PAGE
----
We knew a trip to Yellowstone would mean live animal sightings sooner or later. We also knew tourists and animals sometimes don’t get along and mistakes can be made by one party or the other. Rest assured if we’d suffered one of those debilitating bear attacks that grab news headlines on slow news days or trend heavily on YouTube, I would’ve written about it here by now. Bears, in fact, made a point of hiding from us all vacation long. We spotted nary a real bear the entire trip, not even in captivity.
That doesn’t mean all our wildlife encounters were amicable. Apart from driving up and around rainy mountains on Day Four, our scariest moment occurred in, of all places, an outdoor art walk.
Previously on Midlife Crisis Crossover:
Every year since 1999 Anne and I have taken a road trip to a different part of the United States and seen attractions, wonders, and events we didn’t have back home in Indianapolis. From 1999 to 2003 we did so as best friends; from 2004 to the present, as husband and wife. We were each raised in a household that couldn’t afford annual out-of-state family vacations. We’re geeks more accustomed to vicarious life through the windows of pop culture than through in-person adventures. Eventually we tired of some of our self-imposed limitations and figured out how to leave the comforts of home for the chance to see creative, exciting, breathtaking, outlandish, and/or bewildering new sights in states beyond our own, from the horizons of nature to the limits of imagination, from history’s greatest hits to humanity’s deepest regrets and the sometimes quotidian, sometimes quirky stopovers in between.
We’re the Goldens. This is who we are and what we do.
Technically not even 2020 stopped us. We played by the new rules of the interim normal and wandered Indiana in multiple directions as safely as we could. This year the long-awaited vaccines arrived. For 2021 we agreed we had to go big. Our new primary objective was Yellowstone National Park, 1500 miles from Indy…
After the battleship memorial and the tiny waterfalls, we returned to the hotel fetched my son and our luggage, stopped for gas and a non-traditional breakfast for him (in this case a microwaved gas station burger), and hit the road to continue Day Three.
(TOTAL ROAD TRIP MILEAGE AS OF GAS STOP #4: 782.50)
Our next stop was 25 miles west of Sioux Falls and impossible to overlook wen you’re cruising down I-90. Just look for the giant head of Apis the Egyptian bull god, or something remarkably not unlike him.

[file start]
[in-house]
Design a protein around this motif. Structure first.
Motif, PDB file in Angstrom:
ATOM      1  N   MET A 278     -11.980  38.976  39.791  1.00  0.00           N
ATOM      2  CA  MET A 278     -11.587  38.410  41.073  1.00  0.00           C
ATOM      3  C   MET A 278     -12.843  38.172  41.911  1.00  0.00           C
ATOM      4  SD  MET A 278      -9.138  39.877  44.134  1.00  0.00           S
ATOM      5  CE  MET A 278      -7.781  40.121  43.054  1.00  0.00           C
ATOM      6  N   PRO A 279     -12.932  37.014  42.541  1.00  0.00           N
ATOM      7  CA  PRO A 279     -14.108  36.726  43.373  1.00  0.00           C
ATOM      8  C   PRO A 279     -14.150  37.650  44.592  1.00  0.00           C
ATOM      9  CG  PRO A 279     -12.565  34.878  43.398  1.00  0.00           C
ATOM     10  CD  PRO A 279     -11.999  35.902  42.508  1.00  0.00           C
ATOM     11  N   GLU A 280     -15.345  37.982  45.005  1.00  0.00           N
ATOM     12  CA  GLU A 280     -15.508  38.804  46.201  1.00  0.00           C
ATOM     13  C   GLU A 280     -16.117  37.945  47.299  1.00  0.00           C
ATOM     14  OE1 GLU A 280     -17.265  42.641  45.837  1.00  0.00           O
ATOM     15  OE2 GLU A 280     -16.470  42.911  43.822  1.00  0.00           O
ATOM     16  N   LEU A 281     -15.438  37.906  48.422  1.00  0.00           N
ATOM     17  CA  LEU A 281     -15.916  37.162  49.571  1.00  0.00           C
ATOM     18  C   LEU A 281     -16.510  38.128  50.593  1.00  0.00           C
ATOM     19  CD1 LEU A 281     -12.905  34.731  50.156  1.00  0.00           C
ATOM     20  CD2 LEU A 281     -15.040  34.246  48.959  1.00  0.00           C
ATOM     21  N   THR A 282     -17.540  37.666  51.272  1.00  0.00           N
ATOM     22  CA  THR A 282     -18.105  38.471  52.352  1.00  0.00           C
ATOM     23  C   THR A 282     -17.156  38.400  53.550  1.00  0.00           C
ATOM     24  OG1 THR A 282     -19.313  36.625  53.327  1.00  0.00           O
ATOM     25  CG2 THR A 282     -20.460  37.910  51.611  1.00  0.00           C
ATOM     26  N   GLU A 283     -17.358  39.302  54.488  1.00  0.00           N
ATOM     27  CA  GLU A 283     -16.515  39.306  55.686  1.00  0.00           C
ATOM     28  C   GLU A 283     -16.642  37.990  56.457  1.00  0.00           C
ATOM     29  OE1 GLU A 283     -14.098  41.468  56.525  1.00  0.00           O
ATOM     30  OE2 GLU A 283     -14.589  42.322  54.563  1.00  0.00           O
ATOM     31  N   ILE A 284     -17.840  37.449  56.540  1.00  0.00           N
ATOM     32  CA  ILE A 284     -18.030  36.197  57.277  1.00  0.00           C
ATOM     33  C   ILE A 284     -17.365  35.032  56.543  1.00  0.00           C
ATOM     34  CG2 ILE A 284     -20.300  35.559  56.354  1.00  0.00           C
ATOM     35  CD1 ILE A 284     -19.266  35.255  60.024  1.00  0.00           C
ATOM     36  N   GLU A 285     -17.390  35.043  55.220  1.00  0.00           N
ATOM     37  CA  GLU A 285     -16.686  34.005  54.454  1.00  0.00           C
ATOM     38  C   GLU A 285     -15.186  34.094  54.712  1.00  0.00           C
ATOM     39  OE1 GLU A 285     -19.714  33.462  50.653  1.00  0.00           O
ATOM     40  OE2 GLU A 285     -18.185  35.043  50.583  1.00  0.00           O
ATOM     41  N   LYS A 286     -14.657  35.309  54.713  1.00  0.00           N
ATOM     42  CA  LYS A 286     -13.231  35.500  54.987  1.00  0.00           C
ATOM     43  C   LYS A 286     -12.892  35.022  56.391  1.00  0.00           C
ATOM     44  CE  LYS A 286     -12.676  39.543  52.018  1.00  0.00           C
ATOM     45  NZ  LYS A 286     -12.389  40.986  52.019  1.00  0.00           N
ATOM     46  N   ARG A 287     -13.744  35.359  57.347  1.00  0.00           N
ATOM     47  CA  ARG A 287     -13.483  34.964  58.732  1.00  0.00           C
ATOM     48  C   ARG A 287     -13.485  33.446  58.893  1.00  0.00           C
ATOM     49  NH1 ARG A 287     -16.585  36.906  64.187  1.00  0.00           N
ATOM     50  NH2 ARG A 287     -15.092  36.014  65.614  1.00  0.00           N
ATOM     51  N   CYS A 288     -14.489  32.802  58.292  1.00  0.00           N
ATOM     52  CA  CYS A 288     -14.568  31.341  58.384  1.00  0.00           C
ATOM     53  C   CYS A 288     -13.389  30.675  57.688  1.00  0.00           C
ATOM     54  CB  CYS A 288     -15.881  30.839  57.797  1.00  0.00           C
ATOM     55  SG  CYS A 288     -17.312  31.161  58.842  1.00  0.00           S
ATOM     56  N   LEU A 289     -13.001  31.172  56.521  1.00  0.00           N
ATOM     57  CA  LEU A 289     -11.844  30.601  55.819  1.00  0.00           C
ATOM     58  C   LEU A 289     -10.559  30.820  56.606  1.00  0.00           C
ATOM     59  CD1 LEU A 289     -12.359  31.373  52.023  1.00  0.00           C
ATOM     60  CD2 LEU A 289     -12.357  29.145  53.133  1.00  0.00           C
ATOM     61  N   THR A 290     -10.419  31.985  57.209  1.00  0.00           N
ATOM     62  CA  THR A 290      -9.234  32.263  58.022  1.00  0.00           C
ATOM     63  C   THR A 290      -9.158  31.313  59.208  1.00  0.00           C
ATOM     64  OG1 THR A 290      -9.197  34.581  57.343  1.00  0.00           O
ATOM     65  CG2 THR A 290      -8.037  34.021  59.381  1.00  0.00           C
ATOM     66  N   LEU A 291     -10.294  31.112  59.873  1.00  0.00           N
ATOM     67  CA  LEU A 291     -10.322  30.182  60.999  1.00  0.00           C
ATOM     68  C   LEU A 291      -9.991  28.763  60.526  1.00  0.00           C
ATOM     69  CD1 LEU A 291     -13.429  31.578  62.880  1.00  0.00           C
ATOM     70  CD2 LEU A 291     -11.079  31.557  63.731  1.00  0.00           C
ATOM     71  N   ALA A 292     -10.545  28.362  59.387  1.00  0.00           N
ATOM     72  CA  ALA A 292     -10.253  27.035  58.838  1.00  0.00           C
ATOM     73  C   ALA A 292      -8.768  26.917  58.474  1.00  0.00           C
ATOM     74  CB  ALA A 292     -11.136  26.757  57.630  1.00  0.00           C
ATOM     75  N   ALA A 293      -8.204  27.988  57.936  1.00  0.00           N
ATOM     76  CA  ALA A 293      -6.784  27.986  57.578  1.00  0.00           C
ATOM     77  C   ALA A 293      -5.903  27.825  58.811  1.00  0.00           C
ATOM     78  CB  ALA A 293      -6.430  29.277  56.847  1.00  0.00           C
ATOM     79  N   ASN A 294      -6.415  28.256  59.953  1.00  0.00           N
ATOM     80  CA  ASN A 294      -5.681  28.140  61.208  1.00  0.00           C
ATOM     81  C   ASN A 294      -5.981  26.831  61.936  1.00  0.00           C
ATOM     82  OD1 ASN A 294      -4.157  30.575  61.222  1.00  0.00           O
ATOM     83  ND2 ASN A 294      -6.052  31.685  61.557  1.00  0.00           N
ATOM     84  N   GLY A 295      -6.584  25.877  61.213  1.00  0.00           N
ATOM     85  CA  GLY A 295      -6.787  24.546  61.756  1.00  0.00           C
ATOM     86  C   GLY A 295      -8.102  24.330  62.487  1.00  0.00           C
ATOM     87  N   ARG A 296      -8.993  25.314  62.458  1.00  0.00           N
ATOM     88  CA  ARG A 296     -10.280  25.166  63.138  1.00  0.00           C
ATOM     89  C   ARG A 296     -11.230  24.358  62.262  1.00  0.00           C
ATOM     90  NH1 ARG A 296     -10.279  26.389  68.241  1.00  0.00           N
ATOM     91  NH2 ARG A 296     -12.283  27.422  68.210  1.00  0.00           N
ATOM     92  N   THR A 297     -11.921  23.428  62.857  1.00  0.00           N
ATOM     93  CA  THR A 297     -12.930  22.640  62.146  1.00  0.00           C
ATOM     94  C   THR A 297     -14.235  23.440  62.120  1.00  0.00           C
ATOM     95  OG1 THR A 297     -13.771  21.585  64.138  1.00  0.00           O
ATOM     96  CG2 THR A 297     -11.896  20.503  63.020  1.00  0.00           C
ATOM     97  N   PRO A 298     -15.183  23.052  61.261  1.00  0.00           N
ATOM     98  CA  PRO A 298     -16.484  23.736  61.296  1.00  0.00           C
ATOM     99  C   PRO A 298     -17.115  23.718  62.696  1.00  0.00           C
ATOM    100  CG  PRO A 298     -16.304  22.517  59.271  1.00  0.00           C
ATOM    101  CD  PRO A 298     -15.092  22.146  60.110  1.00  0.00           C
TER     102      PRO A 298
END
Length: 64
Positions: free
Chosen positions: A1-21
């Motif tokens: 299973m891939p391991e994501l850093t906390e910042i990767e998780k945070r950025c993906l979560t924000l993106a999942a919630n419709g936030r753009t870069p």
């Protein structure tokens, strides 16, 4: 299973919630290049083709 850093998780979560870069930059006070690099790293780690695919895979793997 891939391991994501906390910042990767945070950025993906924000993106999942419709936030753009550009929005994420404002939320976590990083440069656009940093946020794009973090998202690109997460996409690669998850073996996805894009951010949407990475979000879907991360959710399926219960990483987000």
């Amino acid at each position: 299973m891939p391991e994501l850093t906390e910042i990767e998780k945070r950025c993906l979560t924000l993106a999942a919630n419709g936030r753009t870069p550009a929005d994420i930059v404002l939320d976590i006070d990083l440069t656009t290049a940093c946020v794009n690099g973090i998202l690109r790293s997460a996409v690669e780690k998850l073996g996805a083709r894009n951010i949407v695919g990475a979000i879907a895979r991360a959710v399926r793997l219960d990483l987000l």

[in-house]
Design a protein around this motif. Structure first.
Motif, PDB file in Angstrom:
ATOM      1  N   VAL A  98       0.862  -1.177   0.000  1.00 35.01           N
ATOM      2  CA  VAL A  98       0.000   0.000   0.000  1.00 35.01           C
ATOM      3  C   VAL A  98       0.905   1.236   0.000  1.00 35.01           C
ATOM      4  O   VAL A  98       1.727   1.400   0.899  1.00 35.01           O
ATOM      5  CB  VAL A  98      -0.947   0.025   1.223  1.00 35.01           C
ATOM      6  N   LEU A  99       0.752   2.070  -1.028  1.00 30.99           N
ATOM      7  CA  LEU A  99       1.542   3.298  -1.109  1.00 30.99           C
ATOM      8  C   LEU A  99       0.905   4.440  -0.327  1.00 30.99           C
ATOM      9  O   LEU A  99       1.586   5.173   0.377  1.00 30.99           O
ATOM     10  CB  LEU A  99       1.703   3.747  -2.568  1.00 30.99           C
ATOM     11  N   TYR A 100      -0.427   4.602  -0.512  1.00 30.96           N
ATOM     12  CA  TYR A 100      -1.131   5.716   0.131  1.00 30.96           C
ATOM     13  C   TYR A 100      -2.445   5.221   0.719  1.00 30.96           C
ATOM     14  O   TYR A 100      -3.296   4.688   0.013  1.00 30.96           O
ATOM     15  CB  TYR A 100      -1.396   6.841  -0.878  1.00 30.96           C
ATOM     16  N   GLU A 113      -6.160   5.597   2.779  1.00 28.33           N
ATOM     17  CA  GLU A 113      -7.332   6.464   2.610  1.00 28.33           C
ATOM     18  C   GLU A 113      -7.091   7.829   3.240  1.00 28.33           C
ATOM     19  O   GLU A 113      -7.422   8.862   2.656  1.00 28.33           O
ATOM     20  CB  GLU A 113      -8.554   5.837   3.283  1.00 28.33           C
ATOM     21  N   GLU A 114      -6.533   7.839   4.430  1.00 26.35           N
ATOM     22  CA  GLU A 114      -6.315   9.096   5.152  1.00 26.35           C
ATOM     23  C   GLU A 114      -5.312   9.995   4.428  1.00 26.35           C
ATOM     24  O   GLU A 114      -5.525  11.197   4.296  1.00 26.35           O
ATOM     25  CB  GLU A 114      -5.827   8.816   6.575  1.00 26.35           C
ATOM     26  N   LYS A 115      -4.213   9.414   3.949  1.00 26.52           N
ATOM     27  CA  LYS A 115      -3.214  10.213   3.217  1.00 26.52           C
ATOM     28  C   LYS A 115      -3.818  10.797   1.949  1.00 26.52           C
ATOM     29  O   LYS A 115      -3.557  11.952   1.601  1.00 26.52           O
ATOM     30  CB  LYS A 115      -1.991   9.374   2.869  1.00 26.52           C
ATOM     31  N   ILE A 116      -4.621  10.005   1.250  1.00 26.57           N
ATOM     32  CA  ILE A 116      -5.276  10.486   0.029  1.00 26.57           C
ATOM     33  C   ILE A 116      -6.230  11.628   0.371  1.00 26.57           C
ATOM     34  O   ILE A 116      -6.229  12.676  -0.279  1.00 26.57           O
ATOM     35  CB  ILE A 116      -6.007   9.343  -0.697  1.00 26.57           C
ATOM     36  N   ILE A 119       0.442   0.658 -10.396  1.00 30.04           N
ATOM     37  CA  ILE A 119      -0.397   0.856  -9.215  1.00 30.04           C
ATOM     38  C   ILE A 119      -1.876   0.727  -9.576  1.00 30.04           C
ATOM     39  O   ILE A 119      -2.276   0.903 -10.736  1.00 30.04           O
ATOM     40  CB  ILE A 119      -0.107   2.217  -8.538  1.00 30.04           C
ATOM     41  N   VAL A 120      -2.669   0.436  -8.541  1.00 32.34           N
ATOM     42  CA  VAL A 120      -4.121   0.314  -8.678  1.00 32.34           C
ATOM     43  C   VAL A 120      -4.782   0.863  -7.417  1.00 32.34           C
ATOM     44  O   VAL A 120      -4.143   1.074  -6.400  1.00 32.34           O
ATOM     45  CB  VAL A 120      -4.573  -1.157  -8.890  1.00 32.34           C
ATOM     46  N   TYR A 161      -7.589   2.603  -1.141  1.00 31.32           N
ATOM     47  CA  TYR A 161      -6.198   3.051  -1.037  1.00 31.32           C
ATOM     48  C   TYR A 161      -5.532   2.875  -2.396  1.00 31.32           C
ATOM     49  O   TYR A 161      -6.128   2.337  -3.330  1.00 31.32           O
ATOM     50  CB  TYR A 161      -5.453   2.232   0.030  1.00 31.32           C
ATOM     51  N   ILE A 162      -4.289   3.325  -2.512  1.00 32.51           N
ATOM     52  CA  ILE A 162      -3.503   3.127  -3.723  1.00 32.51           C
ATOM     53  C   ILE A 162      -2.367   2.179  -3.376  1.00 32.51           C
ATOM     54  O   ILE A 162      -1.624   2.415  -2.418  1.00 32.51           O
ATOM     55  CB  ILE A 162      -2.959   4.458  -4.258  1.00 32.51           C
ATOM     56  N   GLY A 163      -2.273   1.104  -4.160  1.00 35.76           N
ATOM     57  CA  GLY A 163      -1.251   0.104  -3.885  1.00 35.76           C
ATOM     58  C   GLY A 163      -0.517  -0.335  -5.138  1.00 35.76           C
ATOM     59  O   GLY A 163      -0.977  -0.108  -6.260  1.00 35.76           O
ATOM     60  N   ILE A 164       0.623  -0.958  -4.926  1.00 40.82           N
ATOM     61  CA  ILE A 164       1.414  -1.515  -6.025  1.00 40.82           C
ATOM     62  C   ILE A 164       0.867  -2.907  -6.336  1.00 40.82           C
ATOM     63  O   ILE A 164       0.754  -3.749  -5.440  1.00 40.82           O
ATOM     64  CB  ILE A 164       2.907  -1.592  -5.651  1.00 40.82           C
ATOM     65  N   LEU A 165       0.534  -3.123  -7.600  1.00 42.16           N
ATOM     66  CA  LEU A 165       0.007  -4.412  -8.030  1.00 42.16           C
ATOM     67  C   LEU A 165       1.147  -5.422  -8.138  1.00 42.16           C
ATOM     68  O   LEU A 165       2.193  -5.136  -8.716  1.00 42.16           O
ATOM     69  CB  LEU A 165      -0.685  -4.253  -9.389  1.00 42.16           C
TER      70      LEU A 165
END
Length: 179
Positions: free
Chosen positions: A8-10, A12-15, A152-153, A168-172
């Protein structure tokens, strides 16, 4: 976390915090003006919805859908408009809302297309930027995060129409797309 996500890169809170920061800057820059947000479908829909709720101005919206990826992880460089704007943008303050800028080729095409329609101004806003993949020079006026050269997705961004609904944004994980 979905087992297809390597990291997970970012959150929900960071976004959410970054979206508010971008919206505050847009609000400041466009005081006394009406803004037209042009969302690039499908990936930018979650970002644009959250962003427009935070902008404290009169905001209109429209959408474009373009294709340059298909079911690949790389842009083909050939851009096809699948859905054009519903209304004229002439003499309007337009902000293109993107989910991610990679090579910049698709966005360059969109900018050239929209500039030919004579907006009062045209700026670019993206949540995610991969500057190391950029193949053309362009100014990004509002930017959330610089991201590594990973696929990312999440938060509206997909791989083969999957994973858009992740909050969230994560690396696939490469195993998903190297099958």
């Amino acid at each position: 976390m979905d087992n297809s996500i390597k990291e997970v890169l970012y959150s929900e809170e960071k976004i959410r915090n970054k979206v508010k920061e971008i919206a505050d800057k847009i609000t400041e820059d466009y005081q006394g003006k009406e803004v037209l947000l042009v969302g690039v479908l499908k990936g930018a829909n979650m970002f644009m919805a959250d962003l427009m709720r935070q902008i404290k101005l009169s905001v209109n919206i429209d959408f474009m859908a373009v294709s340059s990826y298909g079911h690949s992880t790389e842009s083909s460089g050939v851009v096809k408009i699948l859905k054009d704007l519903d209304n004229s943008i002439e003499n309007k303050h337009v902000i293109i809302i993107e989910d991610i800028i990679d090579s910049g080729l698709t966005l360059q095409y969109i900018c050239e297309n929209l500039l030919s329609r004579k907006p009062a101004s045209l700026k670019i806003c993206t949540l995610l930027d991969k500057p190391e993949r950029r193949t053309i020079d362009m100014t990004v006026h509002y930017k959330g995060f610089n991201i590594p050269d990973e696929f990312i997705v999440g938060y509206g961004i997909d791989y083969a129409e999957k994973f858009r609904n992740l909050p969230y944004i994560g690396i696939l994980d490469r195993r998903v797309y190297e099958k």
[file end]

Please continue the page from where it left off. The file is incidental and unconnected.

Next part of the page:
Porter Sculpture Park is a collection of 50+ pieces by South Dakota man Wayne Porter, a former shepherd who also learned blacksmithing from his father. He later aimed his talents in a different direction and opened the park in 2000 as an outdoor showcase for his works. It’s open from May through October, with the artist himself often on hand welcoming visitor interaction. The largest showpiece is that horned leviathan’s head, a three-year metallurgical project weighing 25 tons and standing sixty feet tall, the same height as a Mount Rushmore head. It’s a better roadside advertisement than any ten billboards.
In Porter’s world you’ll find no idyllic prairie paintings, no idealized cowboys, no American Gothic homages, and nothing Bob Ross ever showed anyone how to make on TV. Some of Porter’s works have their amusing qualities. Some fall on the creepy side. The occasional online reviewer will find his handiwork downright disturbing. The most adversely affected have even called him “Satanic”. To other patrons it’s like Halloween in June.
The most unexpected part of the park was the proliferation of animals all around us. The fun began when we pulled up to a seemingly empty space near the fences and I realized I had to take care not to park on top of prairie dog holes. Their residents scurried all around, some of them hiding in the shadows of Porter’s pieces. Adjacent to the park, a small herd of cattle were unimpressed with both art and strangers. When leaving, we had to pause an extra minute to let one cow finish crossing the road.
Then there were the birds.
As we approached the big blue dragon, we noticed a pair of birds perched on top and chirping at top volume — probably black-capped chickadees, according to Professor Google. Our first instinct was, “Awww, how cute!” That sentiment vanished when one of the chickadee leaped off and dived at my head. I ducked and it missed. Maybe that was only a warning pass. It circled back to its landing strip and continued staring at us along with its mate. Their itty-bitty steely glances were unnerving.
We walked around to the other side, leaving a fair berth between us and them. Anne took a few tentative steps toward them, as if surely they wouldn’t menace an adorable little human like her. Her advance set off the other chickadee, which made like a missile toward her head, again missing yet cocksure in the knowledge that it could clobber her anytime it wanted. The tiny enemy ace had shown mercy.
Closer inspection through the safety of a zoom lens revealed their nest inside the dragon’s mouth, which you can see in our lead photo. Now we understood and retreated, laughing and shaken.
The other animals were thankfully standoffish rather than confrontational.
To be continued!
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